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The story of a stunning new discovery that provides the first physical evidence of Christians in Jerusalem during the time of Jesus and his apostles. In 2010, using a specialized robotic camera, authors Tabor and Jacobovici, working with archaeologists, geologists, and forensic anthropologists, explored a previously unexcavated tomb in Jerusalem from around the time of Jesus. They made a remarkable discovery. The tomb contained several ossuaries, or bone boxes, two of which were carved with an iconic image and a Greek inscription. Taken together, the image and the inscription constitute the earliest archaeological evidence of faith in Jesus' resurrection. Since the newly discovered ossuaries can be reliably dated to before 70 AD, when Jerusalem was destroyed by the Romans, they also provide the first evidence in Jerusalem of the people who would later be called "Christians." In fact, it is possible, maybe even likely, that whoever was buried in this tomb knew Jesus and heard him preach. The newly examined tomb is only 200 feet away from the so-called Jesus Family Tomb. This controversial tomb, excavated in 1980 and recently brought to international attention, contained ossuaries inscribed with names associated with Jesus and his immediate family. Critics dismissed the synchronicity of names as mere coincidence. But the new discovery increases the likelihood that the "Jesus Family Tomb" is, indeed, the real tomb of Jesus of Nazareth. Tabor and Jacobovici discuss the evidence in support of this interpretation and describe how both tombs appear to have been part of the property of a wealthy individual, possibly Joseph of Arimathea, the man who, according to the gospels, buried Jesus. The Jesus Discovery explains how the recent find is revolutionizing our understanding of the earliest years of Christianity. Tabor and Jacobovici discuss what the concept of resurrection meant to the first followers of Jesus, particularly how it differed from the common understanding of the term today. Because the new archaeological discovery predates all other Christian documents, including the gospels, it offers a dramatic witness to what the people who knew Jesus believed. There is no doubt that this is one of the most important archaeological discoveries ever made. The Jesus Discovery is the firsthand account of how it happened and what it means.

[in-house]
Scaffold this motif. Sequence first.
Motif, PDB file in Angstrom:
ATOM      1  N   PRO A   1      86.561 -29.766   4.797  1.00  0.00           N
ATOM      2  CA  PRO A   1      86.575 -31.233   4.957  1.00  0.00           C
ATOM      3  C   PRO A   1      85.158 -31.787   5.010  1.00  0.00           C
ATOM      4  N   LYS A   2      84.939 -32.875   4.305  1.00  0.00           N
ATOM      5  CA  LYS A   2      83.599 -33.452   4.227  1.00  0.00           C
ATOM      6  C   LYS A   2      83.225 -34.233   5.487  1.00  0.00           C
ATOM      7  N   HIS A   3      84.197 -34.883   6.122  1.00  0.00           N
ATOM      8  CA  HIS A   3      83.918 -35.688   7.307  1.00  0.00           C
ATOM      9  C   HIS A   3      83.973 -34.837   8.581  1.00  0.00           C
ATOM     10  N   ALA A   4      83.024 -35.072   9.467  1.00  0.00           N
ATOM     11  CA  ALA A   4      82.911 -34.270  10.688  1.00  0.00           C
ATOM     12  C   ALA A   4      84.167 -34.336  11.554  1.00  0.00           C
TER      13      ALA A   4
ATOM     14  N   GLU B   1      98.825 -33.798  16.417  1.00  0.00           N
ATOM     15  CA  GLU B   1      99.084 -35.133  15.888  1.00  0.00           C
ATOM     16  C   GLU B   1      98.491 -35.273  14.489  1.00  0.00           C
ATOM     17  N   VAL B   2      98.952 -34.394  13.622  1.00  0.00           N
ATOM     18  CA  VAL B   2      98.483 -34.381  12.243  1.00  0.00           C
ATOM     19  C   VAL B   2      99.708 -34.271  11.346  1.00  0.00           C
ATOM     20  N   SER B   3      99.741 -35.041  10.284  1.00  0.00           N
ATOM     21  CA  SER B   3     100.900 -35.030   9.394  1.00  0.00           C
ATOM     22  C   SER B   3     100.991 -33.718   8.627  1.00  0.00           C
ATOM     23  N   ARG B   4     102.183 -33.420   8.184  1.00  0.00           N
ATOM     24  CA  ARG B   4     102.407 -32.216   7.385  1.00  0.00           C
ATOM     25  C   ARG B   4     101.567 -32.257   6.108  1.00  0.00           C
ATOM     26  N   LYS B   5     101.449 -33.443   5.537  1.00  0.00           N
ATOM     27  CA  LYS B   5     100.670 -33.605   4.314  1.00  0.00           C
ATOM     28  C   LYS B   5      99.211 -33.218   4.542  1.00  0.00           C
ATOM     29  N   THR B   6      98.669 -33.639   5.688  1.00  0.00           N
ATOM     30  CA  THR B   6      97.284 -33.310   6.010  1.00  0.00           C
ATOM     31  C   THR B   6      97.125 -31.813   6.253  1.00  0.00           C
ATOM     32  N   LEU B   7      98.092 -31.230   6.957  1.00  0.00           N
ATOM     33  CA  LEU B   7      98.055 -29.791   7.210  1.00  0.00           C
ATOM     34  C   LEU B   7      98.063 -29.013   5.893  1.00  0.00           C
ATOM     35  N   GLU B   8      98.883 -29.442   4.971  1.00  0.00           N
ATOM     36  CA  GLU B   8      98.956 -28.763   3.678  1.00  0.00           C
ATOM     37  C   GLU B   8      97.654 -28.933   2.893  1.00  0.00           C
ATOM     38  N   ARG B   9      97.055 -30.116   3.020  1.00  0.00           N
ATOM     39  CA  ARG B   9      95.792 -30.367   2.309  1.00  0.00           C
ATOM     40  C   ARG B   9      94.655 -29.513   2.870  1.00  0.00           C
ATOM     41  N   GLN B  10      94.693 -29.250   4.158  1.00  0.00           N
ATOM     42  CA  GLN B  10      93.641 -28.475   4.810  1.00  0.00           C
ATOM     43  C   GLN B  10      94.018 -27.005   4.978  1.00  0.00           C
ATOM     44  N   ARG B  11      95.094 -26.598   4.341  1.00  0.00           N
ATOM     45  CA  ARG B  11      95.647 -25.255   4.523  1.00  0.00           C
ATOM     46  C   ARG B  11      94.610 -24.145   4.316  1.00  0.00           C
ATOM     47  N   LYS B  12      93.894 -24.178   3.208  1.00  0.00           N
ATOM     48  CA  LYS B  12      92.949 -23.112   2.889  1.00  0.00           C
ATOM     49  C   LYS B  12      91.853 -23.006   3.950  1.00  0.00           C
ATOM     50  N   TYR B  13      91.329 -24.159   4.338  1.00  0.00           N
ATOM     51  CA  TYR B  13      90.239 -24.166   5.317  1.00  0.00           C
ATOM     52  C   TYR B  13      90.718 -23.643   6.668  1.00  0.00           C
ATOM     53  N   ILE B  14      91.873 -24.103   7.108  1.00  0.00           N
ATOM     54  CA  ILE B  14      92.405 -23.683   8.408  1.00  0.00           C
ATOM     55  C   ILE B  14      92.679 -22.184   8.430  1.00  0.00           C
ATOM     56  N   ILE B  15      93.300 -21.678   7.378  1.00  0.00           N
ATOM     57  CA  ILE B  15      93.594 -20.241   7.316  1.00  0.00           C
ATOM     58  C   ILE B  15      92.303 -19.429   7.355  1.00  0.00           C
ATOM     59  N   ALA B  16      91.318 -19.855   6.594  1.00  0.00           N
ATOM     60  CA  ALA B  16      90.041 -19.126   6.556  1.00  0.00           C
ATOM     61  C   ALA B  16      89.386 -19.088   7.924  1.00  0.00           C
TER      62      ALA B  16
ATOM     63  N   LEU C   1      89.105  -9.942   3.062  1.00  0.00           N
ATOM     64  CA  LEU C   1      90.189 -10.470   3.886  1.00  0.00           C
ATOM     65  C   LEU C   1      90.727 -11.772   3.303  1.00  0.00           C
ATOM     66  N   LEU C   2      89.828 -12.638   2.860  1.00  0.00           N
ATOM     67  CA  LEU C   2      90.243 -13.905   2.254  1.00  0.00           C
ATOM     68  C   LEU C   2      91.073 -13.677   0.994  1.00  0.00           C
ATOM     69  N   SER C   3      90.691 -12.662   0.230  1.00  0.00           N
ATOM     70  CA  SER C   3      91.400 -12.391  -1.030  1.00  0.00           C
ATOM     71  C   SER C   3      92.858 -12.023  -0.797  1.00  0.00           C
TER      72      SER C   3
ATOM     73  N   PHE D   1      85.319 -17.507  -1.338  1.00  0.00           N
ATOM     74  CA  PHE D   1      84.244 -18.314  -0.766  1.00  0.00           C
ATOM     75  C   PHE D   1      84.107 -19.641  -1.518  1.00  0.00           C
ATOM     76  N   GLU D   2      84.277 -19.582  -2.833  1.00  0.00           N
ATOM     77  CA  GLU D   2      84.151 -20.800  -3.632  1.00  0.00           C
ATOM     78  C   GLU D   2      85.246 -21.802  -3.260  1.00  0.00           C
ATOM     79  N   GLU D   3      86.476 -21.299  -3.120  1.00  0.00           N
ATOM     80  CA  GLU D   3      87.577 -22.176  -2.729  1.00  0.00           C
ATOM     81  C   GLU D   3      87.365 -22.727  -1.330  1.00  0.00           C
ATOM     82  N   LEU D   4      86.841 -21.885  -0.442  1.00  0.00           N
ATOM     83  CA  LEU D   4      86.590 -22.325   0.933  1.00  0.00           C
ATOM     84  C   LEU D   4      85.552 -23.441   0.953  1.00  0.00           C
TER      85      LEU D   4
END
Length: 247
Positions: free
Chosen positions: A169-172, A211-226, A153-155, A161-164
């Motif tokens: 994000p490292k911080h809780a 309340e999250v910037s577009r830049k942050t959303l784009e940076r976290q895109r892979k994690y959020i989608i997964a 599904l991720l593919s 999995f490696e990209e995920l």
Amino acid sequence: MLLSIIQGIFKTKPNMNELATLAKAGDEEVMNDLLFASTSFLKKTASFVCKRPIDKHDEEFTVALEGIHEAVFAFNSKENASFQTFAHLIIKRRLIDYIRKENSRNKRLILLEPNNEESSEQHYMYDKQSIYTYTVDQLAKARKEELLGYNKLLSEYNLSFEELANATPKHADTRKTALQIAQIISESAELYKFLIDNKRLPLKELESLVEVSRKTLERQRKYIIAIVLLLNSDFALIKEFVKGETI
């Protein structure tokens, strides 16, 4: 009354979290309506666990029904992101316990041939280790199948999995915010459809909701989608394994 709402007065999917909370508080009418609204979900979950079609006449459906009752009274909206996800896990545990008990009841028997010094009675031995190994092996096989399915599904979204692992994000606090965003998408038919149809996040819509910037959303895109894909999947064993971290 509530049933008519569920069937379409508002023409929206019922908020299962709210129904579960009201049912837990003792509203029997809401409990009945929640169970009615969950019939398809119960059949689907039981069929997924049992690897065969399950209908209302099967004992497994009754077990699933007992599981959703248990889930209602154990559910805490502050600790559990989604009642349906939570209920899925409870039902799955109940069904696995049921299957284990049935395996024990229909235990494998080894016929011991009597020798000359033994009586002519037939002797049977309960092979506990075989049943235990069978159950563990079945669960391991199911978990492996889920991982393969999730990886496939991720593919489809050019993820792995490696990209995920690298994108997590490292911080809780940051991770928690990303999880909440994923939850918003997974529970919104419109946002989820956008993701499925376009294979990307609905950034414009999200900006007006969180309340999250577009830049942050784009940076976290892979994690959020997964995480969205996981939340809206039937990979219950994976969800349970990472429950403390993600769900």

The Jesus Family Tomb tells the story of what may very well be the greatest archaeological find of all time--the discovery of the family tomb of Jesus of Nazareth. Following the accidental bulldozing of a tomb during the building of a housing complex in suburban Jerusalem in 1980, archaeologists from the Israeli Antiquities Authority were immediately called to the scene. Inside, the archaeologists found ten ossuaries--limestone boxes that served as first-century coffins. Six had inscriptions, including Jesus, son of Joseph; two Marys; and Judah, son of Jesus. The team concluded that the unusual group of names was merely coincidence. After removing and cataloging the ossuaries, they left the tomb to the builders to finish what they had already started. Twenty-five years later, Simcha Jacobovici, an Emmy award-winning journalist, tracked down the ossuaries in the Israeli Antiquities Authority's warehouse and decided to investigate this remarkable collection of names. Simcha mapped and then located the original tomb, which, to his surprise, was still intact. Granted unequaled access, he soon found that the archaeologists were unaware of key evidence that made this the discovery of a lifetime. This is a story that is destined to grab international headlines and raise fundamental questions about the historical Jesus. Are the "Jesus" and "Mary" referred to in these inscriptions the Jesus and Mary Magdalene of the gospels? Readers are taken on a remarkable journey: from telling statistical analysis, to a time-bending trip across two millennia, and an investigation of the patinas and DNA of the tombs that makes an episode of CSI look mundane. The Jesus Family Tomb arrives at an extraordinary answer to an ancient mystery. A riveting combination of history, archaeo-logy, and theology, this book will change the way we think about God, religion, and everything we have learned about the life and death of Jesus.